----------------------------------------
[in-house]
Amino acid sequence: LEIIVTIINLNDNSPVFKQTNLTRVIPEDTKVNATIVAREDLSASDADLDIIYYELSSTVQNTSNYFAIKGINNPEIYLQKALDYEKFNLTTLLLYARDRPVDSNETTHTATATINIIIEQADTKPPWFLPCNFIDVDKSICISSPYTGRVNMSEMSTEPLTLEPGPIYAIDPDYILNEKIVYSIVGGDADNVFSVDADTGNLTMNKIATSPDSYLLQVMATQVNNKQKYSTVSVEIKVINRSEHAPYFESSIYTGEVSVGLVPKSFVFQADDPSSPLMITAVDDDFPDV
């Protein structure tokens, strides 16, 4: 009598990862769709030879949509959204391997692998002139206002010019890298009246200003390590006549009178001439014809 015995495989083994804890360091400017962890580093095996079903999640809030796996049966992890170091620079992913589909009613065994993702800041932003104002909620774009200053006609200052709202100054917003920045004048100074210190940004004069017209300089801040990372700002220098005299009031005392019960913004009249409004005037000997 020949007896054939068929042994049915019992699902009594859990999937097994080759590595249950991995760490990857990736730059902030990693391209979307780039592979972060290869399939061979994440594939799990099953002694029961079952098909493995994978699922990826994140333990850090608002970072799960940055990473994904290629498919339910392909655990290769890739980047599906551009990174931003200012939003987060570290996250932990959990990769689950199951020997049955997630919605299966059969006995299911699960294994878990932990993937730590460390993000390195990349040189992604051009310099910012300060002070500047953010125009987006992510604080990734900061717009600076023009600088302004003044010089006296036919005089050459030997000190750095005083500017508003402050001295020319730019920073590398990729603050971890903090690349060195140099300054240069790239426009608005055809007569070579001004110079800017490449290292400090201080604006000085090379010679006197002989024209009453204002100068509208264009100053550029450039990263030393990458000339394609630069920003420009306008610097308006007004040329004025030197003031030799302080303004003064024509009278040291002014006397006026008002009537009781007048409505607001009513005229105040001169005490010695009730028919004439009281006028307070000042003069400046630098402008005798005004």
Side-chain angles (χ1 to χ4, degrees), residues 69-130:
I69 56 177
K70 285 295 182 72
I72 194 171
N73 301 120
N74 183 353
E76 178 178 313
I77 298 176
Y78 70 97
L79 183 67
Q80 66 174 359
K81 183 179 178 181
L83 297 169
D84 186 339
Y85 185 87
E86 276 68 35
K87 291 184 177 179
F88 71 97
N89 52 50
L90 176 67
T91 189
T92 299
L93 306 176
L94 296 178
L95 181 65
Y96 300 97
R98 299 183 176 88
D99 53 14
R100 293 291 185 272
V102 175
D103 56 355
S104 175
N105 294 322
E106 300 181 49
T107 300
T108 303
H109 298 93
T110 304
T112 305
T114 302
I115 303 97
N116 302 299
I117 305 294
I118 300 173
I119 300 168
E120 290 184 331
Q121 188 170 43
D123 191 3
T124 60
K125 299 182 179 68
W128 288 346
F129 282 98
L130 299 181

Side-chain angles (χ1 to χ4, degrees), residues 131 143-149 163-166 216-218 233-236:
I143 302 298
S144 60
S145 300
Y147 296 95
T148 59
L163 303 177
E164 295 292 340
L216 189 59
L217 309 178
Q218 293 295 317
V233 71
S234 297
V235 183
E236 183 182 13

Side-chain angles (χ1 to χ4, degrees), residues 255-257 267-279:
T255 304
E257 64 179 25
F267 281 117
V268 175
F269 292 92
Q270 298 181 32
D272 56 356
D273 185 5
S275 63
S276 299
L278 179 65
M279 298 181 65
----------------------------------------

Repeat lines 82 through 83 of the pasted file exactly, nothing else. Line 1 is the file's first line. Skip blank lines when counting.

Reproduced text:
S276 299
L278 179 65